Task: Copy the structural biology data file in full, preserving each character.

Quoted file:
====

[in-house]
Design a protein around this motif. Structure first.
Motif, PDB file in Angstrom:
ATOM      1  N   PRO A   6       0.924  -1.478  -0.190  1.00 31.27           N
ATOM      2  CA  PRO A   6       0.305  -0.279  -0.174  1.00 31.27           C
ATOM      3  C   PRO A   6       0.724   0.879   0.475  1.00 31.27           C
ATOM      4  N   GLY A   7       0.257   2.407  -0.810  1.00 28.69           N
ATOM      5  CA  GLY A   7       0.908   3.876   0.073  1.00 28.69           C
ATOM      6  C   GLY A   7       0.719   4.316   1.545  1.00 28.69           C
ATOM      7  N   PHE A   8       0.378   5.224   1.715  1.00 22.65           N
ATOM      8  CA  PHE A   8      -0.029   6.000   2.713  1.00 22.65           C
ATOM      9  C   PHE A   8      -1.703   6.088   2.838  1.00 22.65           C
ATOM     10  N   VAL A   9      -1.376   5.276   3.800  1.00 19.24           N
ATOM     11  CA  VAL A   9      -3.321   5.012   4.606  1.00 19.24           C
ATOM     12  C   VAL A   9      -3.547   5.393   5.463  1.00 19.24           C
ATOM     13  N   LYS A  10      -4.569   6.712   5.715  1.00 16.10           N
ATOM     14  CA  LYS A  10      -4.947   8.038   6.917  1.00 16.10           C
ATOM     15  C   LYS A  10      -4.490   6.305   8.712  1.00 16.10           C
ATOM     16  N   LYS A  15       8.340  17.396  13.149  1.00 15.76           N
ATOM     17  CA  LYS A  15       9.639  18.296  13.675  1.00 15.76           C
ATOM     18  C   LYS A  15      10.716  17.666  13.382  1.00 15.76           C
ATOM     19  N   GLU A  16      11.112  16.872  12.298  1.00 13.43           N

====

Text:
[in-house]
Design a protein around this motif. Structure first.
Motif, PDB file in Angstrom:
ATOM      1  N   PRO A   6       0.924  -1.478  -0.190  1.00 31.27           N
ATOM      2  CA  PRO A   6       0.305  -0.279  -0.174  1.00 31.27           C
ATOM      3  C   PRO A   6       0.724   0.879   0.475  1.00 31.27           C
ATOM      4  N   GLY A   7       0.257   2.407  -0.810  1.00 28.69           N
ATOM      5  CA  GLY A   7       0.908   3.876   0.073  1.00 28.69           C
ATOM      6  C   GLY A   7       0.719   4.316   1.545  1.00 28.69           C
ATOM      7  N   PHE A   8       0.378   5.224   1.715  1.00 22.65           N
ATOM      8  CA  PHE A   8      -0.029   6.000   2.713  1.00 22.65           C
ATOM      9  C   PHE A   8      -1.703   6.088   2.838  1.00 22.65           C
ATOM     10  N   VAL A   9      -1.376   5.276   3.800  1.00 19.24           N
ATOM     11  CA  VAL A   9      -3.321   5.012   4.606  1.00 19.24           C
ATOM     12  C   VAL A   9      -3.547   5.393   5.463  1.00 19.24           C
ATOM     13  N   LYS A  10      -4.569   6.712   5.715  1.00 16.10           N
ATOM     14  CA  LYS A  10      -4.947   8.038   6.917  1.00 16.10           C
ATOM     15  C   LYS A  10      -4.490   6.305   8.712  1.00 16.10           C
ATOM     16  N   LYS A  15       8.340  17.396  13.149  1.00 15.76           N
ATOM     17  CA  LYS A  15       9.639  18.296  13.675  1.00 15.76           C
ATOM     18  C   LYS A  15      10.716  17.666  13.382  1.00 15.76           C
ATOM     19  N   GLU A  16      11.112  16.872  12.298  1.00 13.43           N